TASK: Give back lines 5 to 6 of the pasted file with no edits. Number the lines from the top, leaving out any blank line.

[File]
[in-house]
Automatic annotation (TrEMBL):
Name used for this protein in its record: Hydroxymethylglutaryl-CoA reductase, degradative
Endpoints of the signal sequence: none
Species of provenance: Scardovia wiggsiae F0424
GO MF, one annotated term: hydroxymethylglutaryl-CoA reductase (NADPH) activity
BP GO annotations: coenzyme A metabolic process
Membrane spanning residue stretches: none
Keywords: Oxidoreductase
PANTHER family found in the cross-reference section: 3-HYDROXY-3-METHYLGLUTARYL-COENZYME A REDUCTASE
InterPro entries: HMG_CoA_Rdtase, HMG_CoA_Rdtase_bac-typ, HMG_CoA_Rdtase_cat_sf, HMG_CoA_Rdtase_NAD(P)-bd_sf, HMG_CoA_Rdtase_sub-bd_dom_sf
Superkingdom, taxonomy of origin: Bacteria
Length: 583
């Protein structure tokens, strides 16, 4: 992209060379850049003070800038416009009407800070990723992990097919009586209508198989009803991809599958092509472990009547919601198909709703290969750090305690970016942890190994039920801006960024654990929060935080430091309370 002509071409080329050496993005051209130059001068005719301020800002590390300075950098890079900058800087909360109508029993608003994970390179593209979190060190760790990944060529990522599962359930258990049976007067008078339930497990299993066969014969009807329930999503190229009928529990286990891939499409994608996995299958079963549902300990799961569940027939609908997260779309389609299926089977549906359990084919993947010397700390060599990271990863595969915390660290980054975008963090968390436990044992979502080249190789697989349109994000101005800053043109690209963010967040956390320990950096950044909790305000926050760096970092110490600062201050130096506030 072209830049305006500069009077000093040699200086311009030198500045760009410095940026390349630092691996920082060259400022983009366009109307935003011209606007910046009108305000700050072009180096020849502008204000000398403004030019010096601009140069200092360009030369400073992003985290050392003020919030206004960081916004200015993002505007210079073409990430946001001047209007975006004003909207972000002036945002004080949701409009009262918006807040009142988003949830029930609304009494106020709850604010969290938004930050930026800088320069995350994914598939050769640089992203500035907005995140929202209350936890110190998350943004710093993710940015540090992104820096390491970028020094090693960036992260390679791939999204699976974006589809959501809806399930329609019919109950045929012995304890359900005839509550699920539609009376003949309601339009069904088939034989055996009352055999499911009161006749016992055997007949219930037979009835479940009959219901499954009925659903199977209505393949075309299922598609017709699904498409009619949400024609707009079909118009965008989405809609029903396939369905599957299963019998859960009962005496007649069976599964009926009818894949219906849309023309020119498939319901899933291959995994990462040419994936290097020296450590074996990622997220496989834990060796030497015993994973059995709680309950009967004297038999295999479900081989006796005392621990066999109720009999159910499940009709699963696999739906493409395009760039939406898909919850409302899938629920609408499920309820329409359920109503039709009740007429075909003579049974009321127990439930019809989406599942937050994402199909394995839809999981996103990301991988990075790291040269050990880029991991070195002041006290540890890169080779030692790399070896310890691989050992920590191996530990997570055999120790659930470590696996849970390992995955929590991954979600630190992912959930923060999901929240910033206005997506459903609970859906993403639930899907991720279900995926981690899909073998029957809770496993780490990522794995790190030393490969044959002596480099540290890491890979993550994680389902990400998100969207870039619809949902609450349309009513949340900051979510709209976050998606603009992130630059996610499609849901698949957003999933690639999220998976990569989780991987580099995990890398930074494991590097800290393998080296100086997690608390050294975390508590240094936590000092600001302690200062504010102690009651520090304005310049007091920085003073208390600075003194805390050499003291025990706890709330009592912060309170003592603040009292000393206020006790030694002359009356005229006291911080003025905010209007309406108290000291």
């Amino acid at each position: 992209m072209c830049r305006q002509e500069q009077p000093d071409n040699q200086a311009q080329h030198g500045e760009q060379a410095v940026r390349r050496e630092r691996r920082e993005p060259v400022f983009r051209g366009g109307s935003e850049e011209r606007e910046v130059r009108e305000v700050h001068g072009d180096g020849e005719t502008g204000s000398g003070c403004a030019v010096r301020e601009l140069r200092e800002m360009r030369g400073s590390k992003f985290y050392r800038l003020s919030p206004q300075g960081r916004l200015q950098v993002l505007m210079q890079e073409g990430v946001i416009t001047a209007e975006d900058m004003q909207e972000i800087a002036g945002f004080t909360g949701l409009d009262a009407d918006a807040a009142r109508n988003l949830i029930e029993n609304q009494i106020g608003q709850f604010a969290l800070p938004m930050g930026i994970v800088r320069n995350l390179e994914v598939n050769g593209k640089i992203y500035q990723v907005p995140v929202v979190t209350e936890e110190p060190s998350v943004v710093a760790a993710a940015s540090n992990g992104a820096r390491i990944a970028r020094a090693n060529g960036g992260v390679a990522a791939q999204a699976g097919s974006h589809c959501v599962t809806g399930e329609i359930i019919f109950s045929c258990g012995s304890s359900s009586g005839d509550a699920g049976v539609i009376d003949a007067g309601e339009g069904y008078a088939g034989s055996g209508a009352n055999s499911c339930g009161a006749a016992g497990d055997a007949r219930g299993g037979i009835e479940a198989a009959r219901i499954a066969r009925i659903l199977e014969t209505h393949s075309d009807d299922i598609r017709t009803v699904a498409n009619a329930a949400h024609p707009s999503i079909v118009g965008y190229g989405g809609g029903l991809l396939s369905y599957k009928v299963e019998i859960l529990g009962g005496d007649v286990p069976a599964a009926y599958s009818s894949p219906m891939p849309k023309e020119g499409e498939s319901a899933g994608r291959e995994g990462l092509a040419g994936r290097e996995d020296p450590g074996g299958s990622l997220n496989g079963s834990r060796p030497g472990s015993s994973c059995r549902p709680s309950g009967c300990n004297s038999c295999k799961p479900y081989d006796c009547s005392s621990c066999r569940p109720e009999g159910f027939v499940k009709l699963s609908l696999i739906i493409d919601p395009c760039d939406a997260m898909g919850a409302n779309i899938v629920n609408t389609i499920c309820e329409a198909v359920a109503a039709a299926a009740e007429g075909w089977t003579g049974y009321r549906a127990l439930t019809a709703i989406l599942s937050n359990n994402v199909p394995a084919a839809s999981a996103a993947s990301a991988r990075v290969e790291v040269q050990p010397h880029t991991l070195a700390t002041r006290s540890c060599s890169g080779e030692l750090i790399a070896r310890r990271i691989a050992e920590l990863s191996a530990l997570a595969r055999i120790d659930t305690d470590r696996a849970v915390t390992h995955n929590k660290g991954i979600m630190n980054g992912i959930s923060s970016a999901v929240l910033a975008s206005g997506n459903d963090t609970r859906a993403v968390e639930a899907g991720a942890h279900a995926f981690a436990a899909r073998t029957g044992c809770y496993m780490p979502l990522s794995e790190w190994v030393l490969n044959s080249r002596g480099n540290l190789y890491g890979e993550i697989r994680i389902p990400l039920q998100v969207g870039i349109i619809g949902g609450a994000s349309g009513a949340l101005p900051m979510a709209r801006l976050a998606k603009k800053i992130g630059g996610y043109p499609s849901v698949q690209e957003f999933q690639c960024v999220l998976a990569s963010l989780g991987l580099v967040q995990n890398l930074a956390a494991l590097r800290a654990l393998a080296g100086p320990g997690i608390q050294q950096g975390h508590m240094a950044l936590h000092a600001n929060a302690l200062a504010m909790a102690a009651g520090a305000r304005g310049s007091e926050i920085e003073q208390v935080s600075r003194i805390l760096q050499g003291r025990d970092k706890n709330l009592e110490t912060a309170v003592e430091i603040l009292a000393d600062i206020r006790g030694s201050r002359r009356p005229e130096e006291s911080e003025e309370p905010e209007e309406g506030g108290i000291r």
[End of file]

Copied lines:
Species of provenance: Scardovia wiggsiae F0424
GO MF, one annotated term: hydroxymethylglutaryl-CoA reductase (NADPH) activity